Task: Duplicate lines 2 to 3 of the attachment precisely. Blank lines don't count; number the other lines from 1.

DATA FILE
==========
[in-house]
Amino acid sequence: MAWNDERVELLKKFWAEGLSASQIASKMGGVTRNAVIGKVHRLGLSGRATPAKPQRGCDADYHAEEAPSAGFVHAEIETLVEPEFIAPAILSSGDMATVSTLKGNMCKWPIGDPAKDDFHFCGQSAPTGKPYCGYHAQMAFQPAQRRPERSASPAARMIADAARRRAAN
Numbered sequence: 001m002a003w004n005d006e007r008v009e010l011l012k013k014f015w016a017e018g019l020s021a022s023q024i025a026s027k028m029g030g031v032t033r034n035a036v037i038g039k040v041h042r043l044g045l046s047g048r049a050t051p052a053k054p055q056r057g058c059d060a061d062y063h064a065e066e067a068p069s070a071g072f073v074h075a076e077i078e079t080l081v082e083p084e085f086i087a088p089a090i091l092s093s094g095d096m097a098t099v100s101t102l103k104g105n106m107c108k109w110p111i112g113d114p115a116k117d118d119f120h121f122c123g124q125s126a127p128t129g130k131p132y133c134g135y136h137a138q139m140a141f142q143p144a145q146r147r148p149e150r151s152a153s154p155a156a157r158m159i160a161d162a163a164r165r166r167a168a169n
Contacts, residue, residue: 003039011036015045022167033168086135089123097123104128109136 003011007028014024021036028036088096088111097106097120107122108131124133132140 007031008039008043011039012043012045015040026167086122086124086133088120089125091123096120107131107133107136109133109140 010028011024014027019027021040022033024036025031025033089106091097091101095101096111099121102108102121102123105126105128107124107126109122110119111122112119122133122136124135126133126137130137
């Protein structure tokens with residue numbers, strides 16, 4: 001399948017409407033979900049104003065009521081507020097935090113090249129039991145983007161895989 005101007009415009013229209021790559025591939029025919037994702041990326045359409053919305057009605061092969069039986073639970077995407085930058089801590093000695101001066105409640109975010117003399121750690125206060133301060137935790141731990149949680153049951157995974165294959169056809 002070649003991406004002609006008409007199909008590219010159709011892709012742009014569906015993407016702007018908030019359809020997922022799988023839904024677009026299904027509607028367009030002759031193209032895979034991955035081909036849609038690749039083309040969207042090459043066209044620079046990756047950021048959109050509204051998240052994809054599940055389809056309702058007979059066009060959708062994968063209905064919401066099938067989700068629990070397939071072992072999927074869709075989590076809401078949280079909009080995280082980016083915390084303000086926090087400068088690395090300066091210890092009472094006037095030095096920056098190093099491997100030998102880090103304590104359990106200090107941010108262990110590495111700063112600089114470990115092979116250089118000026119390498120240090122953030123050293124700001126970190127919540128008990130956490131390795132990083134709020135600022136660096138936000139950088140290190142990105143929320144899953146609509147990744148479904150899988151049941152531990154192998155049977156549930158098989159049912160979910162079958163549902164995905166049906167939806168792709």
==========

Amino acid sequence: MAWNDERVELLKKFWAEGLSASQIASKMGGVTRNAVIGKVHRLGLSGRATPAKPQRGCDADYHAEEAPSAGFVHAEIETLVEPEFIAPAILSSGDMATVSTLKGNMCKWPIGDPAKDDFHFCGQSAPTGKPYCGYHAQMAFQPAQRRPERSASPAARMIADAARRRAAN
Numbered sequence: 001m002a003w004n005d006e007r008v009e010l011l012k013k014f015w016a017e018g019l020s021a022s023q024i025a026s027k028m029g030g031v032t033r034n035a036v037i038g039k040v041h042r043l044g045l046s047g048r049a050t051p052a053k054p055q056r057g058c059d060a061d062y063h064a065e066e067a068p069s070a071g072f073v074h075a076e077i078e079t080l081v082e083p084e085f086i087a088p089a090i091l092s093s094g095d096m097a098t099v100s101t102l103k104g105n106m107c108k109w110p111i112g113d114p115a116k117d118d119f120h121f122c123g124q125s126a127p128t129g130k131p132y133c134g135y136h137a138q139m140a141f142q143p144a145q146r147r148p149e150r151s152a153s154p155a156a157r158m159i160a161d162a163a164r165r166r167a168a169n